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After fatal crash, Jessi Combs could be posthumously awarded world record

The 'fastest woman on four wheels' died in August while attempting to set a world record.

Jessi Combs, who died earlier this month trying to beat a land speed record, could posthumously be put in the Guinness world record books. 

The news was announced over the weekend during an event honoring Combs in Los Angeles, according to Car and Driver. 

If the Guinness organization accepts Combs' average speed of 531.889 mph, it would beat the previous record by 19.2 mph, placing her into the record books, Auto Blog reported. 

Combs earned the nickname "fastest woman on four wheels" after setting a record of 398 mph in her jet-powered North American Eagle Supersonic Speed Challenger in 2013. Combs had attempted to beat her record last year, when she managed to get to speeds of 483 mph but a mechanical error ended that attempt.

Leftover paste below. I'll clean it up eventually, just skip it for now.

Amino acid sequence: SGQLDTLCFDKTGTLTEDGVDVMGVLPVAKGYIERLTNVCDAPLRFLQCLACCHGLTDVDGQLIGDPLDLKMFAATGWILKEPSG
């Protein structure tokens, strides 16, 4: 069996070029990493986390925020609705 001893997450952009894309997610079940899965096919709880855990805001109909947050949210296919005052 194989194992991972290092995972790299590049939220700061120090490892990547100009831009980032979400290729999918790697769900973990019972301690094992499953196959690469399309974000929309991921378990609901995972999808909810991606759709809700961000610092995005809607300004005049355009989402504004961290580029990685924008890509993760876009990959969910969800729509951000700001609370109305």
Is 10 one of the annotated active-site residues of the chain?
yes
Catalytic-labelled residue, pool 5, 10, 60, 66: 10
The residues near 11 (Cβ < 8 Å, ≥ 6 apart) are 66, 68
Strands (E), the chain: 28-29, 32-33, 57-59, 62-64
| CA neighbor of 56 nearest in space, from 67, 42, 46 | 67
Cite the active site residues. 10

RELATED: Jet-car speed racer Jessi Combs dies trying to break record in Oregon

RELATED: Jessi Combs, 'fastest woman on four wheels,' dies in crash trying to break record

In an Instagram post shortly before her death, Combs indicated that she hoped to break the Women's Land Speed Record of 512 mph set in 1976 by Kitty O'Neil. 

The race car driver and former "Mythbusters" host died after crashing her vehicle in Oregon's Alvord Desert during an attempt to break the record, local authorities said. She was 39.

The crash is still under investigation.

The Alvord Desert is an extremely remote and sparsely populated region in southeastern Oregon, about 400 miles (643 kilometers) southeast of Portland.

The Guinness news was announced during an event held in Combs' honor at the Petersen Automotive Museum in Los Angeles, California. She is being honored over 4 days at the museum with organizers saying Combs "sought to explore the relationship between women and machine, as a means to continually push and break stereotypical boundaries."